After a two-month hiatus, the Federal Reserve will reconvene in Washington this week to discuss monetary policy and set the interest rate. Although the Fed is not expected to raise interest rates, the official statement could provide clues about the pace and timing of future adjustments.
The Federal Open Market Committee (FOMC) will begin its two-day meeting on Tuesday, with the official statement scheduled for the following afternoon.
The September meeting is also significant from the perspective of the central bank’s balance sheet. Earlier this year, policymakers said they would begin to unwind their $4.5 trillion balance sheet in the near future. About 71% of economists polled by The Wall Street Journal say the Fed will announce plans to shrink its portfolio on Wednesday.
In addition to its rate statement, the Fed on Wednesday will release its quarterly economic projections covering GDP, unemployment and inflation. The central bank’s “dot plot” summary of interest rate expectations will also be released.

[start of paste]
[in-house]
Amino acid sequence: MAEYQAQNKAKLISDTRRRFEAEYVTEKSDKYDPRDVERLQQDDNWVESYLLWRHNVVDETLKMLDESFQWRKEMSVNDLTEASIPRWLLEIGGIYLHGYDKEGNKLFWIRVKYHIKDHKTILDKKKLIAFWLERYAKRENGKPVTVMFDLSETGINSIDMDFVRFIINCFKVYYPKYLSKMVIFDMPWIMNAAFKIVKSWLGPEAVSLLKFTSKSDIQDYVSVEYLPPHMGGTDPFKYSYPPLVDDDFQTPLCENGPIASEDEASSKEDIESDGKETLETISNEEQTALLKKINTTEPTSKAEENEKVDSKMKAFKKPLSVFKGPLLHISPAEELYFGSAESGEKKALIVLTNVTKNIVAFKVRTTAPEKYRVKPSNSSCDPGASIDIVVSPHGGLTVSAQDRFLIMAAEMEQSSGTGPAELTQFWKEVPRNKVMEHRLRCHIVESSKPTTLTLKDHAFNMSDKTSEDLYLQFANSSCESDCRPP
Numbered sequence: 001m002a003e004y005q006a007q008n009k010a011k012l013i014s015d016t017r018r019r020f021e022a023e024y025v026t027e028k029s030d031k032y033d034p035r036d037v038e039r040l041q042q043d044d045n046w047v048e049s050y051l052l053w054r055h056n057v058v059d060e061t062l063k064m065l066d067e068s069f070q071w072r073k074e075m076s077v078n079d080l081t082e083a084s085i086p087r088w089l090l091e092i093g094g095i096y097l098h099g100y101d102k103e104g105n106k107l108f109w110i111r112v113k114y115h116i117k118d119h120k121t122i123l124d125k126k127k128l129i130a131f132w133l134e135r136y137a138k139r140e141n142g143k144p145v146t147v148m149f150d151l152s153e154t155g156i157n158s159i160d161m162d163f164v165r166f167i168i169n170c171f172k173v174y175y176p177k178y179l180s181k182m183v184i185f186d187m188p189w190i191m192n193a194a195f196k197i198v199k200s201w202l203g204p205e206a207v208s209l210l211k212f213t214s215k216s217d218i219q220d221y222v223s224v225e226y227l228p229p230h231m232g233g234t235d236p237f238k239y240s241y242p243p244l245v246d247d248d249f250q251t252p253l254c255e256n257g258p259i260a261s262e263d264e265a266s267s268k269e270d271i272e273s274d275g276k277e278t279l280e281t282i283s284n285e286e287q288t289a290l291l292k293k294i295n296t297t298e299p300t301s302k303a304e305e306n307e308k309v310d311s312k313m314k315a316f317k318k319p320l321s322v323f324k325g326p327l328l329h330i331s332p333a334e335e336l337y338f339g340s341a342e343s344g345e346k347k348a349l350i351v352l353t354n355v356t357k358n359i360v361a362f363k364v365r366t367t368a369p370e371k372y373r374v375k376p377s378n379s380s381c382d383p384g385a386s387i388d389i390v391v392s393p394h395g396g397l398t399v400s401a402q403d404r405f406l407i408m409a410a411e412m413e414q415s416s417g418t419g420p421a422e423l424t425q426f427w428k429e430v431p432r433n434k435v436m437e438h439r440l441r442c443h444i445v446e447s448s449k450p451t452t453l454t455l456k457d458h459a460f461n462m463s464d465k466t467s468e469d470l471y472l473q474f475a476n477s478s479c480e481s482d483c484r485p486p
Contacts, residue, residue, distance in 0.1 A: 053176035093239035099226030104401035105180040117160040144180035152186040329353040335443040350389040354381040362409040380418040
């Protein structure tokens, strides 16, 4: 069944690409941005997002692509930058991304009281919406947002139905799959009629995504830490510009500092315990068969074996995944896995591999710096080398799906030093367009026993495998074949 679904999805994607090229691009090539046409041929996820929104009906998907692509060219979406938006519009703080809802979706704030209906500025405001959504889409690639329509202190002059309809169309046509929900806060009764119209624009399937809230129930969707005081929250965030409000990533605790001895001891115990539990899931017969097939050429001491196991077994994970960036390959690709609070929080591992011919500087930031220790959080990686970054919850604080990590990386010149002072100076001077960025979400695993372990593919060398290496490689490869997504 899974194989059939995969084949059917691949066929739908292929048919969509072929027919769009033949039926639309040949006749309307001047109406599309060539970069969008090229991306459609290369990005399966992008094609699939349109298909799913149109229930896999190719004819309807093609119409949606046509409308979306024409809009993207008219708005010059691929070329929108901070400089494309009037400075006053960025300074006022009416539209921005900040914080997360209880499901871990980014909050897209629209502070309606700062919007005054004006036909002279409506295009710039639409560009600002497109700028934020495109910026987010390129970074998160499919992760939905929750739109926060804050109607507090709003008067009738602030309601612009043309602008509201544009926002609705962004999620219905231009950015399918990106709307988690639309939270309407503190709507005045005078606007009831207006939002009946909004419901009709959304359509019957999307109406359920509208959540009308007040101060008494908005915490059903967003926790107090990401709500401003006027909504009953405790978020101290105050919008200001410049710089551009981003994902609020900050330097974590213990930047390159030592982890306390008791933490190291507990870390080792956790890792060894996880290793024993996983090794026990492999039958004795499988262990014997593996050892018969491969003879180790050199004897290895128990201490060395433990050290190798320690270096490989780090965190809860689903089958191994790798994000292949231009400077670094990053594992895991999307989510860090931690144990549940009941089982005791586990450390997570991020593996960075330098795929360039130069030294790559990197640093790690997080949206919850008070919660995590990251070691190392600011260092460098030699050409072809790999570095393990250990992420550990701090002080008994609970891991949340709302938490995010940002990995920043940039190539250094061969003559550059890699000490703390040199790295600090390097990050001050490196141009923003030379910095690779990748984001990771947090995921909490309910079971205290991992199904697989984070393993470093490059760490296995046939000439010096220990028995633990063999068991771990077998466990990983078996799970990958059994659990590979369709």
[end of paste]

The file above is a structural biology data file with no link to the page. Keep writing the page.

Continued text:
The U.S. economy is coming off a second quarter of faster than expected growth, according to revised estimates released last month. Gross domestic product (GDP) rose 3% annually in the second quarter, the fastest in more than two years and meeting President Trump’s target.
However, the Fed is likely to remain cautious in its economic outlook after Hurricanes Harvey and Irma wreaked havoc on the southern states. Initial jobless claims soared to multiyear highs in the final week of August as Hurricane Harvey slammed Texas. Claims fell by 14,000 in the latest week to a seasonally adjusted 284,000.
Last week, the Labor Department said U.S. consumer prices accelerated in August thanks to a rise in gasoline and rent costs. The consumer price index (CPI) rose 0.4% from July and 1.9% annually. That was the largest year-over-year gain in seven months. So-called core inflation, which strips away food and energy costs, rose 1.7% annually, official data showed.
The FOMC rate statement will be closely watched by the financial markets, and may influence everything from equities to global currencies. The Fed has raised rates twice this year and is projected to hike once more before the end of 2017, according to the CME Group’s 30-day Fed Fund futures prices.
The Wall Street Journal. Economic Forecasting Survey.
Sho Chandra (7 September 2017). “U.S. Jobless Claims Soar by Most Since 2012 on Hurricane Harvey.” Bloomberg.
Reuters (14 September 2017). “US consumer prices accelerate in August.” CNBC.